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U of C students respond to Hong Kong’s student-led protests

By Brittany Haines, October 9 2014 —

Hong Kong is in the midst of city-wide student protests.

Police have used tear-gas and riot-control techniques to quell protesters angry that the central government will now select which candidates can run for office. Students on campuses across North America, including the University of Calgary, have taken notice of what Hong Kong University students (HKU) are up to.

Members of the U of C’s Hong Kong Students’ Association (HKSA) joined a demonstration at Olympic Plaza last Wednesday to bring attention to the protests.

HKSA member Jesse Tong said many people with close associations in Hong Kong expect clubs such as HKSA and the Chinese Students’ Association to demonstrate on campus. However, he doesn’t believe Campus Security or administration would allow demonstrations because of how controversial the issue is.

“Our friends and family are in Hong Kong, and we want to show our support for the protest, but being on the other side of the world makes it very hard,” Tong said.

Despite this, HKSA are staying neutral. Tong said they’re more of a social club than a political club.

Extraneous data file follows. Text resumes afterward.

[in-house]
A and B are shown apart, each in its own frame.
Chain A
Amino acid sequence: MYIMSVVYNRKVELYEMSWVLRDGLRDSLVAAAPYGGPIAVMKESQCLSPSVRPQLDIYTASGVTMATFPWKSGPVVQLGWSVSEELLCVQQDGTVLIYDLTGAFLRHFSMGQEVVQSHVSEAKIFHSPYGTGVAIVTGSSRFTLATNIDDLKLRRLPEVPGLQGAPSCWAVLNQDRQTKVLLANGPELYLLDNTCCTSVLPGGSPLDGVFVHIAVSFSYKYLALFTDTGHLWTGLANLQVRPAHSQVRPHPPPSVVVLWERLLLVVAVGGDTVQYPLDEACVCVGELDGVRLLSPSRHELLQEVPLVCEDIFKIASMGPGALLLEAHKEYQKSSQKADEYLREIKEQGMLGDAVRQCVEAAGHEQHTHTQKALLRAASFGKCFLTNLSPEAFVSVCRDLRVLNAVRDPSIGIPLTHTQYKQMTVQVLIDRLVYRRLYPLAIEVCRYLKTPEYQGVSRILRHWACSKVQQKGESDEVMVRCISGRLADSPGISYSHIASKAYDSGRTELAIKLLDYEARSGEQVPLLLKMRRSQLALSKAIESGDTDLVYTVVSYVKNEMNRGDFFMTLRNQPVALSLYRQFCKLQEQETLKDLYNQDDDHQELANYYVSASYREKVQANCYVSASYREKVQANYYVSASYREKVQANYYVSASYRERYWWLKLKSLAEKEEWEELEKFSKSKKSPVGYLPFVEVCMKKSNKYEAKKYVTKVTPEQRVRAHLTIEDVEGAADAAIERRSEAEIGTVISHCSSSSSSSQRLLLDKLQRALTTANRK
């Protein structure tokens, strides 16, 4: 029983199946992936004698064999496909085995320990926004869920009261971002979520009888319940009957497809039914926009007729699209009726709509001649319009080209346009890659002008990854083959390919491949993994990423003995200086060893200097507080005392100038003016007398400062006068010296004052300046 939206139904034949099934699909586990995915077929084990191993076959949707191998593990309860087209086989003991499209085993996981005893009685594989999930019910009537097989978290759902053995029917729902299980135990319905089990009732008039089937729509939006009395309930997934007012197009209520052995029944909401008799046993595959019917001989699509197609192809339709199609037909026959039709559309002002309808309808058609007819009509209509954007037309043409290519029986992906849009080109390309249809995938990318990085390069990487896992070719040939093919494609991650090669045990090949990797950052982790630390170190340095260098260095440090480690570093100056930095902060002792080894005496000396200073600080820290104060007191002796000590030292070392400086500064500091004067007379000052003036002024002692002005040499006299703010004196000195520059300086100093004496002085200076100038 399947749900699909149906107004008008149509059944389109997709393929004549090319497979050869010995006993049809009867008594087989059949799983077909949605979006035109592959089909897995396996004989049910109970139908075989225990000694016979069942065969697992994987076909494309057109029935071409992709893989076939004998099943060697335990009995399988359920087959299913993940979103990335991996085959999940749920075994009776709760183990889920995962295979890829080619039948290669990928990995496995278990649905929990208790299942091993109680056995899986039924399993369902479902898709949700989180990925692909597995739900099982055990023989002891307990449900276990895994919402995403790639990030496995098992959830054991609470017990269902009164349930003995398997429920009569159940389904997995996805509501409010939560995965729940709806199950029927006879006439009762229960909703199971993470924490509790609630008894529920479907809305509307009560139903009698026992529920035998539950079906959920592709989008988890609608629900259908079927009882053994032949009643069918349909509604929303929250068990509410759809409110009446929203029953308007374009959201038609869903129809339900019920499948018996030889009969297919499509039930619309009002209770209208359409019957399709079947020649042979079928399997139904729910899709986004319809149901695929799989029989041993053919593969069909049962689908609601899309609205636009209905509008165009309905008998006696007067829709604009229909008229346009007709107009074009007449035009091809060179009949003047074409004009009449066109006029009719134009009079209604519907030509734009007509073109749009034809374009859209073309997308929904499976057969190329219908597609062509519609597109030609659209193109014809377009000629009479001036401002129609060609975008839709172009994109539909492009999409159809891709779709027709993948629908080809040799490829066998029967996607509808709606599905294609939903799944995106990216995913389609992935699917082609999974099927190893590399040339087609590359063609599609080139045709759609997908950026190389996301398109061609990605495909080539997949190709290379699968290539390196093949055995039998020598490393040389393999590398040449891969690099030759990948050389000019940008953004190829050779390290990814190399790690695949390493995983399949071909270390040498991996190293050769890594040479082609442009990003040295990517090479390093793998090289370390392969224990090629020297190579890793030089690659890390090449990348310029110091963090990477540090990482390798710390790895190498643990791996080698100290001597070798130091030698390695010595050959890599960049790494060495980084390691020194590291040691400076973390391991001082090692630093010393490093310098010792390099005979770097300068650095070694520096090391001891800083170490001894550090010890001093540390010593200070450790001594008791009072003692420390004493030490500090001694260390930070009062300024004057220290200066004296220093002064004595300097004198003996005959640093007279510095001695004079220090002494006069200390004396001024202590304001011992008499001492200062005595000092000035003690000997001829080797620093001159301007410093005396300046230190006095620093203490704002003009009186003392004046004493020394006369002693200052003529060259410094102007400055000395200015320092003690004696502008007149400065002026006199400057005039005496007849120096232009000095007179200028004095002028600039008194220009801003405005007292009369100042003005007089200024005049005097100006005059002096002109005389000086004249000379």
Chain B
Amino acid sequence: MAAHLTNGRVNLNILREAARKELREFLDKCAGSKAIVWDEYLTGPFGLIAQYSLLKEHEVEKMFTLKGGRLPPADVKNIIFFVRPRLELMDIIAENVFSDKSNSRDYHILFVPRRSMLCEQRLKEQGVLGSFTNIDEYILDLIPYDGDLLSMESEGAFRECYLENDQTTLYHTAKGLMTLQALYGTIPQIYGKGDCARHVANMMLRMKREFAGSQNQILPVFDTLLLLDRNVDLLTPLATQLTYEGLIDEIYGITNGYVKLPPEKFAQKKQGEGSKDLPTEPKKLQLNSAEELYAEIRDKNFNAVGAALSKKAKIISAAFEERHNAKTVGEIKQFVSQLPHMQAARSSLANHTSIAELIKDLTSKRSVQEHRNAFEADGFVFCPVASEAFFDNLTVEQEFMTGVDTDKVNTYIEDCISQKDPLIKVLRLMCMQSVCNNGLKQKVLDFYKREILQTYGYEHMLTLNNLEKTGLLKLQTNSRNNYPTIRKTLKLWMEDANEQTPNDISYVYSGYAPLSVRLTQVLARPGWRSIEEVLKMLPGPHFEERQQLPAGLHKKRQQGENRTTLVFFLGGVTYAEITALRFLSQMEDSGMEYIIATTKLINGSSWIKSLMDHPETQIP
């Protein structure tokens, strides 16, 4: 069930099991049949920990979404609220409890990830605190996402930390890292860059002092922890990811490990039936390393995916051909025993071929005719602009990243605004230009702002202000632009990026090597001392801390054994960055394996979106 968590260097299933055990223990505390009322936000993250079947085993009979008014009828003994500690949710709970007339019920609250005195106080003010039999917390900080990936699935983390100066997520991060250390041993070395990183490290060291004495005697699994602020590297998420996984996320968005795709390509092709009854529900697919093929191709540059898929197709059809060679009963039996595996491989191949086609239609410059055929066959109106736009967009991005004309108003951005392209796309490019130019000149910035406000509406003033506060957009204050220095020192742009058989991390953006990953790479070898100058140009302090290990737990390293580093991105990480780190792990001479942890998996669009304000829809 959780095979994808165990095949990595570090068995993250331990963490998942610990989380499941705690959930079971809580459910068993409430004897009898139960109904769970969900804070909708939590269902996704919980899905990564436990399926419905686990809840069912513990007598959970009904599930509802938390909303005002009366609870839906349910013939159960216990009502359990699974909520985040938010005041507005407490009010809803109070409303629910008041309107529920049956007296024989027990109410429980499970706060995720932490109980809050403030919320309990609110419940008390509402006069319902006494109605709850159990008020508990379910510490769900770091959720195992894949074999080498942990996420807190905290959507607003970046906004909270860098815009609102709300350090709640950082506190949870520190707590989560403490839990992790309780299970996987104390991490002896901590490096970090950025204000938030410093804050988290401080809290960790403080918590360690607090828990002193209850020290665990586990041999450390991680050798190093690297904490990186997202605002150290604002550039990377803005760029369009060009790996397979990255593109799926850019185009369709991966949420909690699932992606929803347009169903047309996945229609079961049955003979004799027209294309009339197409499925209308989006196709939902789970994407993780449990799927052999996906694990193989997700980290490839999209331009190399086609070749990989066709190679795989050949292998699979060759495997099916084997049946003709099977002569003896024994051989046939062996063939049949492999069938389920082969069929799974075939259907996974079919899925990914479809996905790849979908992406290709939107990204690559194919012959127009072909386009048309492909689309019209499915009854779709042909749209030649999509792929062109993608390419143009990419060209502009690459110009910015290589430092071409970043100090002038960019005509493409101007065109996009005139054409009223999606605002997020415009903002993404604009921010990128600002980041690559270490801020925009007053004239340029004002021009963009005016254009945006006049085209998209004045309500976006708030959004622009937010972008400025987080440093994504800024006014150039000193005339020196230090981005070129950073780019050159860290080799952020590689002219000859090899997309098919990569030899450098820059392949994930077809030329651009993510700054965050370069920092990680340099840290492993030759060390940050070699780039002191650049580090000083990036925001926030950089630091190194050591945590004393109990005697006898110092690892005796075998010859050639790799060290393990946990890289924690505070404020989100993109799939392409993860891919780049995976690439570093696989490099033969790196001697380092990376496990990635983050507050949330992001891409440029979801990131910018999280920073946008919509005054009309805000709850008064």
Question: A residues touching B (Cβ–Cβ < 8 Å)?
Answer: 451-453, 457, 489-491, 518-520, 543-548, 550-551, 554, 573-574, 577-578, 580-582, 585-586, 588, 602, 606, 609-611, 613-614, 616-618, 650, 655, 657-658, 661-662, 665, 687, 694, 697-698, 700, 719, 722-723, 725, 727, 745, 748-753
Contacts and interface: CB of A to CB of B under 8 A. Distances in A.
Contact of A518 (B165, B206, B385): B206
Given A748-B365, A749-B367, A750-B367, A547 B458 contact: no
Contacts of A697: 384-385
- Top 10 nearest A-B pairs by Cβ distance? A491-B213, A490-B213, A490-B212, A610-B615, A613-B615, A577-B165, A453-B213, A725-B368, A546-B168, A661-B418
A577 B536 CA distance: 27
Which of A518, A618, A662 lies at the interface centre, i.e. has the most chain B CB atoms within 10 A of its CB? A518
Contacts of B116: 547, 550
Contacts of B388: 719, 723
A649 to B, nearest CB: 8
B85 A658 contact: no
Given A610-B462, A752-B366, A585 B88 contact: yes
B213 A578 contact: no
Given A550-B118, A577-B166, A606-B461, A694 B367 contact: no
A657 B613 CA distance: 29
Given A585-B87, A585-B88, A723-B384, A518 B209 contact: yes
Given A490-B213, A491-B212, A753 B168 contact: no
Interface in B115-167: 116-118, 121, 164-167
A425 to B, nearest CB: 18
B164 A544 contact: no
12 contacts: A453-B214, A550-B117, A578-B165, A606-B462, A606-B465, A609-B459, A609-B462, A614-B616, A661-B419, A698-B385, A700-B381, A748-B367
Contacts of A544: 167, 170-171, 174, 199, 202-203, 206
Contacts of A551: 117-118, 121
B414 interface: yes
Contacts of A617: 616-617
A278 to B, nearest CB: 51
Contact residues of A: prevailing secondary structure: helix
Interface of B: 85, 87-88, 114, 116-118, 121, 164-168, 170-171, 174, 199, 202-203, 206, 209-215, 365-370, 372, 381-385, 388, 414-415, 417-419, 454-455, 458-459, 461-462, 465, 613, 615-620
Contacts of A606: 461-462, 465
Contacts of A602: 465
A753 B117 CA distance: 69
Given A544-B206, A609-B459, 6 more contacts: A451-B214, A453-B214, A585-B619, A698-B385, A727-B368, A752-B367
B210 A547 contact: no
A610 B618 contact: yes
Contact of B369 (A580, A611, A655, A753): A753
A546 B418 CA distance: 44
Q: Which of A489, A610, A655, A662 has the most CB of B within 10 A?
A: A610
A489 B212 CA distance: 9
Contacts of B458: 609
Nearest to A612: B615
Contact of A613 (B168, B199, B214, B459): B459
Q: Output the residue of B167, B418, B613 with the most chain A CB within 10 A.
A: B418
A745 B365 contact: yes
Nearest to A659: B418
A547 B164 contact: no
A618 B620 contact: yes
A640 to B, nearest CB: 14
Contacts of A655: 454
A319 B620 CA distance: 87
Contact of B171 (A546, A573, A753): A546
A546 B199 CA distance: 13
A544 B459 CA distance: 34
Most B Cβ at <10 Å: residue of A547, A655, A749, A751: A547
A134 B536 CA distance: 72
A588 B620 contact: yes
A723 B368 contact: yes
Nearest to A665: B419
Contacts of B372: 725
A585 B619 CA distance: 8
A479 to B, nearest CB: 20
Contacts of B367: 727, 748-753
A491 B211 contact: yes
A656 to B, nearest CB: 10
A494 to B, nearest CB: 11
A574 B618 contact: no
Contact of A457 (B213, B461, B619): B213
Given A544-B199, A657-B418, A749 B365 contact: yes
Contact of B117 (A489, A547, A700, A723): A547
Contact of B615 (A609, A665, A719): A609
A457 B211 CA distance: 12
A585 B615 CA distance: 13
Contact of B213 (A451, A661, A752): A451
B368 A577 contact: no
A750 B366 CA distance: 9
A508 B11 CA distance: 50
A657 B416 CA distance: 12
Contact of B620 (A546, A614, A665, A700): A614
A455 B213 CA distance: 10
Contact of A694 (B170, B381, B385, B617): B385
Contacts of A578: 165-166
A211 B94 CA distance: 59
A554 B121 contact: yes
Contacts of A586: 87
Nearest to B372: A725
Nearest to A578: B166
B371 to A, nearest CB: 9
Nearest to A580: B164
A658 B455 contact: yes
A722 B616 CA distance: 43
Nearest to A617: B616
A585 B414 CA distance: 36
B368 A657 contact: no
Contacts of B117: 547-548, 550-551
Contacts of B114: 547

“We have many members who have family and friends and colleagues in Hong Kong. We just want to present what is happening on a neutral stance,” Tong said.

An anonymous woman sat outside the Biological Sciences building on Monday, Sept. 29 wearing a Guy Fawkes mask with a sign that read “Hong Kong you are not alone.”

“Don’t be afraid, fear is what stops us. It only takes one person to make a difference,” she said.

Students in Hong Kong are still protesting amidst the police crackdown. Before September 28, tear gas hadn’t been used in Hong Kong in over a decade.

The BBC reported that these demonstrations are as big as the Tiananmen Square protests of 1989 when tens of thousands of people occupied Beijing’s central square.

HKU student Christine Cheng said pro-democracy protests in Hong Kong often stem from student movements.

“I don’t think Hong Kong people are willing to bleed for democracy,” Cheng said. “I think students are used as catalysts just like what happened in Tiananmen massacre.”

No organized demonstrations are planned at the U of C.

China is one of the top-five countries the U of C recruits international students from.


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